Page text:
The five Arctic states that ring the central Arctic – Canada, Denmark (Greenland), Norway, Russia, the United States – have agreed to a moratorium on commercial fishing.
The moratorium will stop any fishing fleets based in those countries from exploiting the central Arctic, which is beyond the national jurisdiction of any state. But it does not apply to any other states, some of which have industrial fishing fleets around the area.
“The next step for this agreement is for states such as China, Spain, Japan, the UK and South Korea to sign on also,” said Alexander Shestakov of WWF’s Global Arctic Programme.
“These Arctic Council observer states say they support the integrity of the Arctic environment – this is a good opportunity for them to prove it.”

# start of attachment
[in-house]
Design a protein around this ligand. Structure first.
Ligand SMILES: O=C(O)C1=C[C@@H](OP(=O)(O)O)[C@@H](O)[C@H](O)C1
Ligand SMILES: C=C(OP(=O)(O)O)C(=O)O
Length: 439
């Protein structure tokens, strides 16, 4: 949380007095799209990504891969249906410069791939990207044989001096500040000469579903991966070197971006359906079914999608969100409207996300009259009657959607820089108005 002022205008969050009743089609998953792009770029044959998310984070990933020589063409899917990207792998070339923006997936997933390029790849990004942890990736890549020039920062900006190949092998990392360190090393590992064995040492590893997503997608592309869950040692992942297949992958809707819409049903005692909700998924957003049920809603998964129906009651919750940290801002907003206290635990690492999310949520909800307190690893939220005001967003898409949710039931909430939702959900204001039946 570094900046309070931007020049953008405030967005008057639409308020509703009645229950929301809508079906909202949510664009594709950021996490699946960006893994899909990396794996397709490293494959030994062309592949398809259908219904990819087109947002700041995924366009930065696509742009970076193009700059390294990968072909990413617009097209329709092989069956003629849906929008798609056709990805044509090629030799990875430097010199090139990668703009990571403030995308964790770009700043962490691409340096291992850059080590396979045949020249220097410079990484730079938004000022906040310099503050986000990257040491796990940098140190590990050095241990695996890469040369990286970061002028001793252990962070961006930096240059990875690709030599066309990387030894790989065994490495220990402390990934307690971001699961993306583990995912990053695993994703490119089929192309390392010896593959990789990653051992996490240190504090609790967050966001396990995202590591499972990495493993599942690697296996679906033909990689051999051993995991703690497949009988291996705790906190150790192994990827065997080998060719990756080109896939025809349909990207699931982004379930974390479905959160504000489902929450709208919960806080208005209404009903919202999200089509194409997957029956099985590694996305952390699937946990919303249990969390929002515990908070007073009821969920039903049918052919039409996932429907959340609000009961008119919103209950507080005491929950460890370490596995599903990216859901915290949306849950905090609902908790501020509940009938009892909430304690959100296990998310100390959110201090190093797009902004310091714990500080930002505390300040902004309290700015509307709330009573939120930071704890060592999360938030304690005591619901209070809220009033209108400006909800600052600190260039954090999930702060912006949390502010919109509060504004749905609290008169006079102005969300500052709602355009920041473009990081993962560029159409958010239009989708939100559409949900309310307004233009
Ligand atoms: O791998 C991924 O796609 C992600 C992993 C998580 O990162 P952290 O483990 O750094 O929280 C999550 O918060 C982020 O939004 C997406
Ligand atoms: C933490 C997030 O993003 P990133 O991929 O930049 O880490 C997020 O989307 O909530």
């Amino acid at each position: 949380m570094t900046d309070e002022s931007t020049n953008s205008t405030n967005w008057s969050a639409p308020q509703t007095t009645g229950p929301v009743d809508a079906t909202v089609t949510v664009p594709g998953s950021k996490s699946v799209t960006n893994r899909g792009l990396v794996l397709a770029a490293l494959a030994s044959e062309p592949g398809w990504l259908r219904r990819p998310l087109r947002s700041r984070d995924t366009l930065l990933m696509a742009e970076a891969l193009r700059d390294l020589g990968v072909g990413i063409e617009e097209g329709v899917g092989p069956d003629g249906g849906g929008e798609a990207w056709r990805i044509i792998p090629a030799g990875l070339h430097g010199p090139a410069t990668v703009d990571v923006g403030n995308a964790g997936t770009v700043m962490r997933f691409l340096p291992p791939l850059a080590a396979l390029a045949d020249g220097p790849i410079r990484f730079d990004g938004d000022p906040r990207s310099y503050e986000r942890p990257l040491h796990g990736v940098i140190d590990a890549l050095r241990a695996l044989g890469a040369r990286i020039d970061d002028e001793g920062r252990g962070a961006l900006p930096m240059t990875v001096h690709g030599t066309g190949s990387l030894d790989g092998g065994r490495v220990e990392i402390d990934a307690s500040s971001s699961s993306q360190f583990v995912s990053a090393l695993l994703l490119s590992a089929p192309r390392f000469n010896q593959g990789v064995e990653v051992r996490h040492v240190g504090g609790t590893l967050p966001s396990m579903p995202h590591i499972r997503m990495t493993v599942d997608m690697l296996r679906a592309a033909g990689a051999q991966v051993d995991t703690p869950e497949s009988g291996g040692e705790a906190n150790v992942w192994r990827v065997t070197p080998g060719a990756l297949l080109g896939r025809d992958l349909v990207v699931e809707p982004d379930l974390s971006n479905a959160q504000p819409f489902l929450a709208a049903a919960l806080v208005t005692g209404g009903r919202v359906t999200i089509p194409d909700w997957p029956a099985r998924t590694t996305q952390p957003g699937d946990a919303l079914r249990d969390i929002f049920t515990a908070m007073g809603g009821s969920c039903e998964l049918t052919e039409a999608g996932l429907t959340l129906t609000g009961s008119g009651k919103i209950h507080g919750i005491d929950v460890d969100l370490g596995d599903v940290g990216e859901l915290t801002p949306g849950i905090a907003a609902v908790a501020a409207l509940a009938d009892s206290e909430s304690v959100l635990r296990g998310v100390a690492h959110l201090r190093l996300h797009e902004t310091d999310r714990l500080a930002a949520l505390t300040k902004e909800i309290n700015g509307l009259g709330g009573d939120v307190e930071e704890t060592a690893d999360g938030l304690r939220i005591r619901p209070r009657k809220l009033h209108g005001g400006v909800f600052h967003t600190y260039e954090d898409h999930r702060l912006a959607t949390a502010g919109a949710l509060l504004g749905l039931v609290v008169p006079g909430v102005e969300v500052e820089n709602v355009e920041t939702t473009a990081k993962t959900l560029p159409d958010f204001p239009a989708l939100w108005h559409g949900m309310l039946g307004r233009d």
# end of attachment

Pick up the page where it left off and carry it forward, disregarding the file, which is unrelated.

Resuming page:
WWF believes that the Arctic countries should also apply precautionary measures to commercial fishing within their own national waters that were not previously commercially exploited. This is a step that has already been taken by the United States, and by Canada in the Beaufort Sea.
The organisation urged the Arctic states to continue to ensure engagement with the people of the north, particularly Indigenous peoples who have an interest in the potential for commercial fisheries.
The areas formerly covered by ice in the Arctic are largely unexploited, and also unknown in terms of what fish are there now.
They are also in a dynamic situation due to climate change, with fish such as cod that are sensitive to temperature changes increasingly moving northward.
The moratorium agreed to by Arctic states is set to remain until enough knowledge exists of central Arctic fish stocks to allow sustainable harvest, and there is a mechanism in place to control any fishing.